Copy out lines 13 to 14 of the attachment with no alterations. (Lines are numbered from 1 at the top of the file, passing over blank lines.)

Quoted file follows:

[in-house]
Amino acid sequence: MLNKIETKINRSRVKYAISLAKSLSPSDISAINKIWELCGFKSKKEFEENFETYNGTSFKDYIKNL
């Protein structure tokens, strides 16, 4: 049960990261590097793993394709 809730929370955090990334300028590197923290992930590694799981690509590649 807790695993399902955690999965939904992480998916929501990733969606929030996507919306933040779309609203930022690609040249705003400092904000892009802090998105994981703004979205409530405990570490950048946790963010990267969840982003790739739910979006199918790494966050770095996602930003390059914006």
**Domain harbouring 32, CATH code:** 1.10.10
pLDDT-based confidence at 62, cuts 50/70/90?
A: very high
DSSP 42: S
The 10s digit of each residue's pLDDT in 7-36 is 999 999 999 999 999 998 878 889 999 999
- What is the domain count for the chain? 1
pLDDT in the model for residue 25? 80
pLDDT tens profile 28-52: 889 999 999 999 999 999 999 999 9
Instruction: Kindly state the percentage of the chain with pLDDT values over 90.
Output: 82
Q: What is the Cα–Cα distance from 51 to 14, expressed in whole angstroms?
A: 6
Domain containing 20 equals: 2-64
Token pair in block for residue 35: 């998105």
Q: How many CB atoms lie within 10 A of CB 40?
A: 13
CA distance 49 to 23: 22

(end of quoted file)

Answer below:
Output: 82
Q: What is the Cα–Cα distance from 51 to 14, expressed in whole angstroms?